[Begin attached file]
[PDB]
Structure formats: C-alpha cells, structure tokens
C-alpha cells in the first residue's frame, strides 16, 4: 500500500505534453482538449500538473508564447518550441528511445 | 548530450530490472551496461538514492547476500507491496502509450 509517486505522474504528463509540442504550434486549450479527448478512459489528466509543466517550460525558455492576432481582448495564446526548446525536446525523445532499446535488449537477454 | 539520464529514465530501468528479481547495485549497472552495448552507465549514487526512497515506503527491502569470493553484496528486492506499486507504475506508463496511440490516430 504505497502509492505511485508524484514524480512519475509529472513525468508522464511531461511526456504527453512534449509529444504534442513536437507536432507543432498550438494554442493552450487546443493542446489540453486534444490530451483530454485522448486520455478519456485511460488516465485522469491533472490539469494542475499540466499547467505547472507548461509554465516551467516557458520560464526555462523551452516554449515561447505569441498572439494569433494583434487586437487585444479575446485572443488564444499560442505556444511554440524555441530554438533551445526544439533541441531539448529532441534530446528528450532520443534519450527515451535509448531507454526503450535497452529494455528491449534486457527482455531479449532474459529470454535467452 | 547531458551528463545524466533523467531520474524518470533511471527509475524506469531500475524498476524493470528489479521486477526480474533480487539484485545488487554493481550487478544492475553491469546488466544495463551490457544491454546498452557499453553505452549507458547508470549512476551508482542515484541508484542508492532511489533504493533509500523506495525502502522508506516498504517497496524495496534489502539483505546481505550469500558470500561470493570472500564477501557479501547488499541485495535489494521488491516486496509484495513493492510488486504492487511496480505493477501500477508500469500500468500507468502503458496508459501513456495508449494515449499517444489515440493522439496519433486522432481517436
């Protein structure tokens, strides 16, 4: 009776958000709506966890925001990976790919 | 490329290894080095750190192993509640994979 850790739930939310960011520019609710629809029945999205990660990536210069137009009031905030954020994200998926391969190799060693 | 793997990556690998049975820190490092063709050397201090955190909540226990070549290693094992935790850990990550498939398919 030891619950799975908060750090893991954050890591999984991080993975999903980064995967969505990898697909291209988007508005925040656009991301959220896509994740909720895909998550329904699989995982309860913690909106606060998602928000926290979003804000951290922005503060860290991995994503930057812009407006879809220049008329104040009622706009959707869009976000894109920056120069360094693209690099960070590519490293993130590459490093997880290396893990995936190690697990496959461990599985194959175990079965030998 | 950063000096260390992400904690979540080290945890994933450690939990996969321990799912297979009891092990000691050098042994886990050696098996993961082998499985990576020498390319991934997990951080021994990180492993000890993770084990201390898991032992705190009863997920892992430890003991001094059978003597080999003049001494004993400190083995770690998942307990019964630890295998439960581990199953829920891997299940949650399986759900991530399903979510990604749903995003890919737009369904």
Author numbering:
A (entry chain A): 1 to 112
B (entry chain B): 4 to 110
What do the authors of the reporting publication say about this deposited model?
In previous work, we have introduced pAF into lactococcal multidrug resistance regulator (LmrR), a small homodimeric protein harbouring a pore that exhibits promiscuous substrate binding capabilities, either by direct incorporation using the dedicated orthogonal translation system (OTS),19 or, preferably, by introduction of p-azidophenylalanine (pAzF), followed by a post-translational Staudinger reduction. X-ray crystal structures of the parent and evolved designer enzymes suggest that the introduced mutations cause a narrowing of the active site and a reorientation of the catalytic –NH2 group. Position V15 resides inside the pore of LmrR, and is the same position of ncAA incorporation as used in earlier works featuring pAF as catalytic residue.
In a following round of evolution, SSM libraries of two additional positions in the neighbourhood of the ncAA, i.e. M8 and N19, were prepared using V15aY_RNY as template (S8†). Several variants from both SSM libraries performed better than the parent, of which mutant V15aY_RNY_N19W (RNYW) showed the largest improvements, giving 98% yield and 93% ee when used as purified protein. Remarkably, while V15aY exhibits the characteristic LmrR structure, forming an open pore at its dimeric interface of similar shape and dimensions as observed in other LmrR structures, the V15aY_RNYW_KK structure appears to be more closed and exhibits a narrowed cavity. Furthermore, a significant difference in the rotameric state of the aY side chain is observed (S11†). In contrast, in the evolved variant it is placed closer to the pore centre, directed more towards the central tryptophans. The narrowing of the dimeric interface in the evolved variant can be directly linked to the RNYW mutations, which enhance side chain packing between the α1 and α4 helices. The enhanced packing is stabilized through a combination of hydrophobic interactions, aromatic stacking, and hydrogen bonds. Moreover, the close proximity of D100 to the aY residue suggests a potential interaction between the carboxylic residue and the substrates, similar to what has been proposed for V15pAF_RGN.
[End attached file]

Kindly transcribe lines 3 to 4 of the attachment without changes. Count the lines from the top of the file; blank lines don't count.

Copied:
C-alpha cells in the first residue's frame, strides 16, 4: 500500500505534453482538449500538473508564447518550441528511445 | 548530450530490472551496461538514492547476500507491496502509450 509517486505522474504528463509540442504550434486549450479527448478512459489528466509543466517550460525558455492576432481582448495564446526548446525536446525523445532499446535488449537477454 | 539520464529514465530501468528479481547495485549497472552495448552507465549514487526512497515506503527491502569470493553484496528486492506499486507504475506508463496511440490516430 504505497502509492505511485508524484514524480512519475509529472513525468508522464511531461511526456504527453512534449509529444504534442513536437507536432507543432498550438494554442493552450487546443493542446489540453486534444490530451483530454485522448486520455478519456485511460488516465485522469491533472490539469494542475499540466499547467505547472507548461509554465516551467516557458520560464526555462523551452516554449515561447505569441498572439494569433494583434487586437487585444479575446485572443488564444499560442505556444511554440524555441530554438533551445526544439533541441531539448529532441534530446528528450532520443534519450527515451535509448531507454526503450535497452529494455528491449534486457527482455531479449532474459529470454535467452 | 547531458551528463545524466533523467531520474524518470533511471527509475524506469531500475524498476524493470528489479521486477526480474533480487539484485545488487554493481550487478544492475553491469546488466544495463551490457544491454546498452557499453553505452549507458547508470549512476551508482542515484541508484542508492532511489533504493533509500523506495525502502522508506516498504517497496524495496534489502539483505546481505550469500558470500561470493570472500564477501557479501547488499541485495535489494521488491516486496509484495513493492510488486504492487511496480505493477501500477508500469500500468500507468502503458496508459501513456495508449494515449499517444489515440493522439496519433486522432481517436
């Protein structure tokens, strides 16, 4: 009776958000709506966890925001990976790919 | 490329290894080095750190192993509640994979 850790739930939310960011520019609710629809029945999205990660990536210069137009009031905030954020994200998926391969190799060693 | 793997990556690998049975820190490092063709050397201090955190909540226990070549290693094992935790850990990550498939398919 030891619950799975908060750090893991954050890591999984991080993975999903980064995967969505990898697909291209988007508005925040656009991301959220896509994740909720895909998550329904699989995982309860913690909106606060998602928000926290979003804000951290922005503060860290991995994503930057812009407006879809220049008329104040009622706009959707869009976000894109920056120069360094693209690099960070590519490293993130590459490093997880290396893990995936190690697990496959461990599985194959175990079965030998 | 950063000096260390992400904690979540080290945890994933450690939990996969321990799912297979009891092990000691050098042994886990050696098996993961082998499985990576020498390319991934997990951080021994990180492993000890993770084990201390898991032992705190009863997920892992430890003991001094059978003597080999003049001494004993400190083995770690998942307990019964630890295998439960581990199953829920891997299940949650399986759900991530399903979510990604749903995003890919737009369904």